Universally Applicable Criteria for Analysing Social and Psychic Processes: Nine Tension Balances, One Triad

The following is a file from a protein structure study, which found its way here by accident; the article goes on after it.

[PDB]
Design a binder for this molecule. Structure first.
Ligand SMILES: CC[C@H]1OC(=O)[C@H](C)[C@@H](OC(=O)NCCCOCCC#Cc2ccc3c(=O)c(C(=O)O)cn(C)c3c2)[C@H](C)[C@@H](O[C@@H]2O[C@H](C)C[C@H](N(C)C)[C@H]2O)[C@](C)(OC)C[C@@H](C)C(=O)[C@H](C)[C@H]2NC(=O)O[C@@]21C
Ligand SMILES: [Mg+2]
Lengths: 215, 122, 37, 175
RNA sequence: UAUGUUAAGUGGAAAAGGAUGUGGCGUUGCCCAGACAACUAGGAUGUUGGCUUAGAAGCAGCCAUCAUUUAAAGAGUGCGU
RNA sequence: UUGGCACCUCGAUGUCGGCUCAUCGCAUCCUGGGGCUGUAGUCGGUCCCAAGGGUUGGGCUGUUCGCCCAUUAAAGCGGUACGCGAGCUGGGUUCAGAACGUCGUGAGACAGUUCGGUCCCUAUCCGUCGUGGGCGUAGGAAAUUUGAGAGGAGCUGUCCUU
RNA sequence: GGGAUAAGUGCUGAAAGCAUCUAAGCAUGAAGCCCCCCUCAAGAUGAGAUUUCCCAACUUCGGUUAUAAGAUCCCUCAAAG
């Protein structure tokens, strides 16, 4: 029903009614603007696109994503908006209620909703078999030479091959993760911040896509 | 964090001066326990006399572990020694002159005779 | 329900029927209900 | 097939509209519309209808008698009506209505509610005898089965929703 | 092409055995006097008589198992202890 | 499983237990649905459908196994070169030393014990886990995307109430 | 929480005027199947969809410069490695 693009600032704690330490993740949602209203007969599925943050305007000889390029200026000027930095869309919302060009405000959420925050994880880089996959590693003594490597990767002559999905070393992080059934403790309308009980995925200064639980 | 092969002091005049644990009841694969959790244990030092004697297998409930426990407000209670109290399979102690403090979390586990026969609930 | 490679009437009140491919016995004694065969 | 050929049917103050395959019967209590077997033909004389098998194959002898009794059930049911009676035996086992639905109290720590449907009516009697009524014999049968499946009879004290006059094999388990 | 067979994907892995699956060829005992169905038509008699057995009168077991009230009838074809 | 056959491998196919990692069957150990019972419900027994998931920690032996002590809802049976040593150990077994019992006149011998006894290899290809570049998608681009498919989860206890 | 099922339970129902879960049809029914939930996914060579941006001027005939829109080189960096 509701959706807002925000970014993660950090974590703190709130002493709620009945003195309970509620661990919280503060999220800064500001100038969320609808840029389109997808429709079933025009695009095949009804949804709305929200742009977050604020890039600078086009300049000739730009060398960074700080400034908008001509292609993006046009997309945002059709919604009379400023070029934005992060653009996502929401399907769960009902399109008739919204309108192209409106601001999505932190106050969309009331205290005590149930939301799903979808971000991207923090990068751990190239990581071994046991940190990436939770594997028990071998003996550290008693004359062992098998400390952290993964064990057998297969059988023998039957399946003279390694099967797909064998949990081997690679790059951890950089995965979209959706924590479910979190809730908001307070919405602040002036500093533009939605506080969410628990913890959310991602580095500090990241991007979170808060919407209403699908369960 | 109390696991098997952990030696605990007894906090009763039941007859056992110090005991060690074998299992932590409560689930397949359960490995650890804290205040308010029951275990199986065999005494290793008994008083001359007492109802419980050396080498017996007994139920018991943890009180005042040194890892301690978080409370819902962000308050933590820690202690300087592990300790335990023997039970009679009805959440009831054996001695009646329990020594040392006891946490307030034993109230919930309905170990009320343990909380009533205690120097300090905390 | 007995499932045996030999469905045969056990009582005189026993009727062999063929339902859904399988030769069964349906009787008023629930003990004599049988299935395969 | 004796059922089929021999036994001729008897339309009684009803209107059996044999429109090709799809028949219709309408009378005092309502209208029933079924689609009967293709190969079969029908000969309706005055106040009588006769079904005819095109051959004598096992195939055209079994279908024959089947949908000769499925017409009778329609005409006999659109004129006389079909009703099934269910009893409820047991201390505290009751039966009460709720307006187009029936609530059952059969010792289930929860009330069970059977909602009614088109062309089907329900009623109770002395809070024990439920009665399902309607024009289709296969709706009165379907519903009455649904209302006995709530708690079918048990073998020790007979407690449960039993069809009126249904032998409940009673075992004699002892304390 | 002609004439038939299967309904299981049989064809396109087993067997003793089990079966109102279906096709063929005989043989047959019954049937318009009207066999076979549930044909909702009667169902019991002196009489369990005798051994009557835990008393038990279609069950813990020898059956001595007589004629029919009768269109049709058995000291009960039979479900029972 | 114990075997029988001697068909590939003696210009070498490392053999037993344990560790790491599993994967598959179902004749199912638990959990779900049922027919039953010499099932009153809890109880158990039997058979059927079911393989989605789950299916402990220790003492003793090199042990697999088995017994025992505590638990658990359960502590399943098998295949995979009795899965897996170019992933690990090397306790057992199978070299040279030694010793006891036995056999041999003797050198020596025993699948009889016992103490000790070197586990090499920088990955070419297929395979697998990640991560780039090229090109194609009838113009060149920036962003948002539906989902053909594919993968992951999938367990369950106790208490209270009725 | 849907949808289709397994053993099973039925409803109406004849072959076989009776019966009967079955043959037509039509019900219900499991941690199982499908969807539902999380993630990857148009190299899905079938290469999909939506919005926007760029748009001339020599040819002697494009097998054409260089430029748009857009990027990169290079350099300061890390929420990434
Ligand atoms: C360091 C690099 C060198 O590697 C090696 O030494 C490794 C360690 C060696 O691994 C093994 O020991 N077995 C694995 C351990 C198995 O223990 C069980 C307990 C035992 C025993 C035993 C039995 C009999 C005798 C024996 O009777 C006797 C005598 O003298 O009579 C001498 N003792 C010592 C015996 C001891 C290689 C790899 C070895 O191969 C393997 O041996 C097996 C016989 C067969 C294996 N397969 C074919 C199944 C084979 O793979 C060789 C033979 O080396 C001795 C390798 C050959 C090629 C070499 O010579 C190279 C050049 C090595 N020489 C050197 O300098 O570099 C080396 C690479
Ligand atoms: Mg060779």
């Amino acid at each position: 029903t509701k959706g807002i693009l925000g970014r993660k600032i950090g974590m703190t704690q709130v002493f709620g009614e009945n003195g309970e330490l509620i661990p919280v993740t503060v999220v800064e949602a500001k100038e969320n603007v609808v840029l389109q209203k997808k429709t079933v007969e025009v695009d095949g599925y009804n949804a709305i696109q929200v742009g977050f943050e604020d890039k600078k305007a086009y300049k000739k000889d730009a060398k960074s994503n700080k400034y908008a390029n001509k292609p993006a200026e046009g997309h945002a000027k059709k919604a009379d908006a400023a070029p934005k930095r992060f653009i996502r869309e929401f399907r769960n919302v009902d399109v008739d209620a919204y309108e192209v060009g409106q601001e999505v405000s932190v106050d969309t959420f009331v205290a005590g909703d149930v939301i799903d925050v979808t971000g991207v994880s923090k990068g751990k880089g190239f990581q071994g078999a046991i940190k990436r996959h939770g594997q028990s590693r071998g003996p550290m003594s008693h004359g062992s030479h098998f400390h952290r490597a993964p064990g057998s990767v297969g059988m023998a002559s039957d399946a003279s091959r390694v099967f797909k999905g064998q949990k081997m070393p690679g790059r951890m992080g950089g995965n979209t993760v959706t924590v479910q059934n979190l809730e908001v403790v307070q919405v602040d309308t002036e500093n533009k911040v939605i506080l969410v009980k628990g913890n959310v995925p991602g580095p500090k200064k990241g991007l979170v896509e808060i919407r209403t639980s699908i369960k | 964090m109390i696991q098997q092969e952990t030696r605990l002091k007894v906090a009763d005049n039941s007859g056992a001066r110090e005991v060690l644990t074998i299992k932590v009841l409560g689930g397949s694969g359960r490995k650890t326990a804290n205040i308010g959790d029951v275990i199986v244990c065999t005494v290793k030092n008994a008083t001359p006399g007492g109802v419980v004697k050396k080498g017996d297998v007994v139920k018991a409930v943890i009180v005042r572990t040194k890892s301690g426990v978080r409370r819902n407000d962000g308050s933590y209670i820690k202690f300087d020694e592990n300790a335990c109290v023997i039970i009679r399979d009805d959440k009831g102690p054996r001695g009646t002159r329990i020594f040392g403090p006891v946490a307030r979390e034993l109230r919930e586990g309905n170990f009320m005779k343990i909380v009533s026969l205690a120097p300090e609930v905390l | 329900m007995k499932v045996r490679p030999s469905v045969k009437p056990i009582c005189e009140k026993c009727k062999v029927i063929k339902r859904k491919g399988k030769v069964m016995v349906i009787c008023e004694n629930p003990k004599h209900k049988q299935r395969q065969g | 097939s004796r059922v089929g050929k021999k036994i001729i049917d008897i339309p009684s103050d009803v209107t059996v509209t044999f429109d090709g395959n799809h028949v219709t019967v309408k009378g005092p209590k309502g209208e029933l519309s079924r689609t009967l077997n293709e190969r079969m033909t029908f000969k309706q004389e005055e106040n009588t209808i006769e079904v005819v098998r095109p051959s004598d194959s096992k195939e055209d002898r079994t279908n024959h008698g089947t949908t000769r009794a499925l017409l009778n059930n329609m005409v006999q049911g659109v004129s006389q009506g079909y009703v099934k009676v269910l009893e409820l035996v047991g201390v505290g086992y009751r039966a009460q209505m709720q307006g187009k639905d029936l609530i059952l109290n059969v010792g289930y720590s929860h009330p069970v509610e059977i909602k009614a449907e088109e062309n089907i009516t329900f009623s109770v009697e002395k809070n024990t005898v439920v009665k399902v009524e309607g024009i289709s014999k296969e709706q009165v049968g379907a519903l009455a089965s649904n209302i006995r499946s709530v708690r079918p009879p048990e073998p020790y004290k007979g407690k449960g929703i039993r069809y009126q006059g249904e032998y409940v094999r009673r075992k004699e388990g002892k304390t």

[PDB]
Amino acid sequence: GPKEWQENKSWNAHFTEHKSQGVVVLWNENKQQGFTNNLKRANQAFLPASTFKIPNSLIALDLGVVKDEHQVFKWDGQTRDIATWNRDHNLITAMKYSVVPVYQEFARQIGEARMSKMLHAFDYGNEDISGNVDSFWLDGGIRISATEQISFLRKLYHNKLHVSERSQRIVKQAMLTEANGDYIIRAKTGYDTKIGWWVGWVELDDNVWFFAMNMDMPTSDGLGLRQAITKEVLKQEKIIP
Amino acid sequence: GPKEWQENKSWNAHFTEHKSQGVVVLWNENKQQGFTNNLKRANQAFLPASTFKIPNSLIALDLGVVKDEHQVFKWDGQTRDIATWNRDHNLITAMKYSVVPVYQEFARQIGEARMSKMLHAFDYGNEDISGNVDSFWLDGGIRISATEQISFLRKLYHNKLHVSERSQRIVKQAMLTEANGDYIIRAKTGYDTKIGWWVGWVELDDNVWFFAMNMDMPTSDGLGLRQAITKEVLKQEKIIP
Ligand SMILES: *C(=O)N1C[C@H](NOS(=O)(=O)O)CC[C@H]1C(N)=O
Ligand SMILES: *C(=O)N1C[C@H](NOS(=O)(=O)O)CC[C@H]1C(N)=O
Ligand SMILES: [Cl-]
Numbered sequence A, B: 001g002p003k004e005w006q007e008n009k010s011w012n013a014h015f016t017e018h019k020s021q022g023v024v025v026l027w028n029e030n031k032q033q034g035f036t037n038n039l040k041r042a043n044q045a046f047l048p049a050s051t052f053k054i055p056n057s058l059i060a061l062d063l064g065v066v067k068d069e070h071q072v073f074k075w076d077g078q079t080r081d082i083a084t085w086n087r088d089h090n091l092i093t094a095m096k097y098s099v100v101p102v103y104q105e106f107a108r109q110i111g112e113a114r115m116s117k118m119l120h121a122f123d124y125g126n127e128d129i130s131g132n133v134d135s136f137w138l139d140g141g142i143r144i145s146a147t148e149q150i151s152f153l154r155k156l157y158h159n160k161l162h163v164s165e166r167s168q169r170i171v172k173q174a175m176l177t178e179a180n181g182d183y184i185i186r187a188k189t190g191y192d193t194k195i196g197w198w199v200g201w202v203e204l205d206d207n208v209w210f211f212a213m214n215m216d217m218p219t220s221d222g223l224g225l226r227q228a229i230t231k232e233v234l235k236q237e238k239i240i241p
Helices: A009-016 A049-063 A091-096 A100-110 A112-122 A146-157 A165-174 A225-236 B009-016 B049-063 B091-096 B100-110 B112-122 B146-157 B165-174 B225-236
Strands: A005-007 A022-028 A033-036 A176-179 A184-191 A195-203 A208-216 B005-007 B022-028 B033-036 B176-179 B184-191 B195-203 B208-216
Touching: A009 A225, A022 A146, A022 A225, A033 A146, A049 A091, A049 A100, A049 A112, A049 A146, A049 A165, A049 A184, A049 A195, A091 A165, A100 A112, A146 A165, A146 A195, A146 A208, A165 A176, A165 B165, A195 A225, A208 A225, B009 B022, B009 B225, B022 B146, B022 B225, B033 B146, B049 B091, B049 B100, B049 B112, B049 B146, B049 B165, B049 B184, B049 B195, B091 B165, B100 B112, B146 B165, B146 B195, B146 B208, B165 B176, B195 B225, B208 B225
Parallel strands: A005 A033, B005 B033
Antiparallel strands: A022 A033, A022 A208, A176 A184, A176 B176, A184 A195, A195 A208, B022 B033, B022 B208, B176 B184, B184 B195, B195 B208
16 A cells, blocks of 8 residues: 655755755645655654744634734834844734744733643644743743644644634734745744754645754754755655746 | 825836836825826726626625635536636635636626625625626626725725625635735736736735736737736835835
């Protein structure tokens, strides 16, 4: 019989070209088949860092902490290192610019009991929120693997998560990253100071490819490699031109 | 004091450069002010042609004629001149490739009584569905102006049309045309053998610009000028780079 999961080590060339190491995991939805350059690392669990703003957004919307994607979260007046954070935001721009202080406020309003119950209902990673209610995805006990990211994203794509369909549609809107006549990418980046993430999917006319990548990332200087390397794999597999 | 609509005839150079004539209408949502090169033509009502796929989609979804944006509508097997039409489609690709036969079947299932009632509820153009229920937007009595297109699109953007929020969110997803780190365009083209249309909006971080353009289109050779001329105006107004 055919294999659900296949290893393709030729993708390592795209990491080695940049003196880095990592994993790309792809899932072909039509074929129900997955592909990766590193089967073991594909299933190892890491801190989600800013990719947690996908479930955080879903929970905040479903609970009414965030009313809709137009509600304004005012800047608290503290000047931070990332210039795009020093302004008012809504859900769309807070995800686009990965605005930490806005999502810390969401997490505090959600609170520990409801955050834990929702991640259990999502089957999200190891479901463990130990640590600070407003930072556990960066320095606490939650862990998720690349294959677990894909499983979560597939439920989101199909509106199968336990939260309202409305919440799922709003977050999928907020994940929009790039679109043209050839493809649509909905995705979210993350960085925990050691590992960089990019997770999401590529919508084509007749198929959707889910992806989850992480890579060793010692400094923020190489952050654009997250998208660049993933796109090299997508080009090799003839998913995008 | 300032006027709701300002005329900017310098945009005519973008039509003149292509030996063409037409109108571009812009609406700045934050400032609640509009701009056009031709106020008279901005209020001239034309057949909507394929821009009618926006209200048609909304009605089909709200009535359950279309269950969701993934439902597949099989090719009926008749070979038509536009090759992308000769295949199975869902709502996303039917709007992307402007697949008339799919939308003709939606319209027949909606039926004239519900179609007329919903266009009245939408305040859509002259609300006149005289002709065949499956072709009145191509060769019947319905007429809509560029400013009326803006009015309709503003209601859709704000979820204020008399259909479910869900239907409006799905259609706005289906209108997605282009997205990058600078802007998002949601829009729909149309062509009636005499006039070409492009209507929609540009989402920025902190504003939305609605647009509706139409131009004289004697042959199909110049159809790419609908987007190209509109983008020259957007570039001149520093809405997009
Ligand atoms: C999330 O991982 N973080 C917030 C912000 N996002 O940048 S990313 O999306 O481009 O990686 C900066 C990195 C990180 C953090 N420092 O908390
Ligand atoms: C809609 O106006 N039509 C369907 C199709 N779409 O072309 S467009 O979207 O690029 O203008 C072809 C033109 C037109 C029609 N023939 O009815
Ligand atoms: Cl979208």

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Until recently, discussion of the criteria relevant to studying civilising processes focused on self-controls mainly or, from a somewhat wider scope, on the balance of controls, that is, the balance between external social controls and internal ones, self-controls. Accordingly, the theory of civilising processes has been described as ‘the theory of increasing self-control’, as if ‘increasing self-control’ was its main criterion. The theory of civilising processes is not restricted to increasing self-controls, and Elias never uses just ‘increase’ or ‘decrease’ of self-controls as a criterion, but always uses subtler, more differentiated formulations, as for example: ‘Individuals are compelled to regulate their conduct in an increasingly differentiated, more even and more stable manner’ (Elias 2012a: 406).
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